This is an experiment where we classify congressional speeches based on function word analysis.
EECS 349-0: Machine Learning | Northwestern University | Professor Downey
Output of party classifier results on congressional data
Typically, Natural Language Processing (NLP) utilizes a bag of words approach to classify texts. These words contained in these bags are generally based on the content of the text that the classifier attempts to work with. For example a spam filter would flag emails referring to “nigerian princes” as spam. For our project we wanted to build a content-independent classifier that eschews content words in favor of function words. Function words are the filler words of a language, such as pronouns, prepositions, and modifying verbs, that fit around the content of a sentence. We think that a classifier based on these function words would be more generally applicable across genres of text, rather than being content-restricted. We decided to narrow down the problem, by looking to classify congressional speeches based on party affiliation by using only function words.
Our dataset, as previously mentioned consists of 890,000 congressional speeches from the congressional speech archive. These speeches are from congresses between 1994 and 2014. Accompanying each speech is a variety of metadata that includes the party affiliation of the speaker, the name of the speaker and the congress and session numbers. The featureset is derived from a series of 64 dictionaries created by the Linguistic Inquiry Word Count (LIWC), which comprise both content-based and function-word dictionaries. We used a variety of methods to derive features from these dictionaries. The baseline content-based method, utilizes a percentage of each speech present in each dictionary. For subsequent function-word analyses, we counted the number of times each word in the function-word dictionaries occurred as a percentage of the total word count of the speech. These numbers were formed into vectors, which became our featureset for our classifier. To classify each speech we used a Bernoulli Naive Bayes classifier.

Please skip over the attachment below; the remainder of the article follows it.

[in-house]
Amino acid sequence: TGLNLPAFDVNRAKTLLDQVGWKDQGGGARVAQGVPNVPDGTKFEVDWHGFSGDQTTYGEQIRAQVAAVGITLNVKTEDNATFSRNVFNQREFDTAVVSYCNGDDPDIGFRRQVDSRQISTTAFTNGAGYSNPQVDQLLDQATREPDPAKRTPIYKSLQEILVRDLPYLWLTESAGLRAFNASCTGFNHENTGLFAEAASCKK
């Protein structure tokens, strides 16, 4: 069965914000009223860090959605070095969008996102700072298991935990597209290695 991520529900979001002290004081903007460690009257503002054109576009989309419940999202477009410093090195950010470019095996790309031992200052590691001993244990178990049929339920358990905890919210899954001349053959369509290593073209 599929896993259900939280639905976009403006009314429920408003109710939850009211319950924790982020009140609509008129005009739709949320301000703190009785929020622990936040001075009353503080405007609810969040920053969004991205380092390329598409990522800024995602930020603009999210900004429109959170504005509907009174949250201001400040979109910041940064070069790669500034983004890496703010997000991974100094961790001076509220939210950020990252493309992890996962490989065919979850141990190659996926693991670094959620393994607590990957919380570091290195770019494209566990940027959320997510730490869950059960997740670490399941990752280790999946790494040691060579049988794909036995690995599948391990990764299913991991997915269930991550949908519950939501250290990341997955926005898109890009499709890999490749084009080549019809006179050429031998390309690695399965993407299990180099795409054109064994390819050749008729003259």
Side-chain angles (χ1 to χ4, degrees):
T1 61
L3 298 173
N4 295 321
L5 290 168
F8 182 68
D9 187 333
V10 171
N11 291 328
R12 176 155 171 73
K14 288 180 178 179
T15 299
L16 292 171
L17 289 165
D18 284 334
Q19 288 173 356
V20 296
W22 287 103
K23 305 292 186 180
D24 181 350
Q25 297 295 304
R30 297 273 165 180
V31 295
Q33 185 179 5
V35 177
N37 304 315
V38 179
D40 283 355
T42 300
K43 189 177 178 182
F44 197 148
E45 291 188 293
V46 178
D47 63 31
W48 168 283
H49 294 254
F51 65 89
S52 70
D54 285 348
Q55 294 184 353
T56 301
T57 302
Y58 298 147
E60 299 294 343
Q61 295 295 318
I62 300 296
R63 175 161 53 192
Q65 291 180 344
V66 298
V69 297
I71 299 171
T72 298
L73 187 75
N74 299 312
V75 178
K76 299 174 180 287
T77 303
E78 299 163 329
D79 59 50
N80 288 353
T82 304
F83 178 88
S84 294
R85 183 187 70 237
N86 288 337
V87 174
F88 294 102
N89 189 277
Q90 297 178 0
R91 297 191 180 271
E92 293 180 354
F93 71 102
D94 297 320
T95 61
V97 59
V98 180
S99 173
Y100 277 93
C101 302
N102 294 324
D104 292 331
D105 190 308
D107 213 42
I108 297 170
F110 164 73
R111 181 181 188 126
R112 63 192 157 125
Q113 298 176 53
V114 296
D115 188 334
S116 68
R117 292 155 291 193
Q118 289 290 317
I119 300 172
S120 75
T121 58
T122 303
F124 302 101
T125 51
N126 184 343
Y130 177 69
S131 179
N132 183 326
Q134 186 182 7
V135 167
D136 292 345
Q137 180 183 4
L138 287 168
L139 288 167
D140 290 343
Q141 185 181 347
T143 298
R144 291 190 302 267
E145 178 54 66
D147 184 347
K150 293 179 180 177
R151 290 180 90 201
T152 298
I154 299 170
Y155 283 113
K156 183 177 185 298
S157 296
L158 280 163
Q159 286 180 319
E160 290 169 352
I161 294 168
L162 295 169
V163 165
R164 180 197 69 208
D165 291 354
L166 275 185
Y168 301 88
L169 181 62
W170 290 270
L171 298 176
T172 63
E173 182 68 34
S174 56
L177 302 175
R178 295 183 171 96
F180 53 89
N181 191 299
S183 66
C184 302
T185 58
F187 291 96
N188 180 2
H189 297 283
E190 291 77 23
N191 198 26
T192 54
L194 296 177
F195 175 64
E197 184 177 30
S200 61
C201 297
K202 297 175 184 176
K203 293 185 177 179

Our results are promising. When the content based dictionaries were incorporated, our classifier achieved 70% accuracy in 5-fold cross validation on congressional speeches over a 2-year period (the length of one congress). When we restricted our dataset to only function words, we expected our accuracy to drop, as we were using a less descriptive dataset. Indeed it did, as our classifier, using only function words as features, achieved a 68% accuracy in classifying speeches based on party affiliation in a single congress.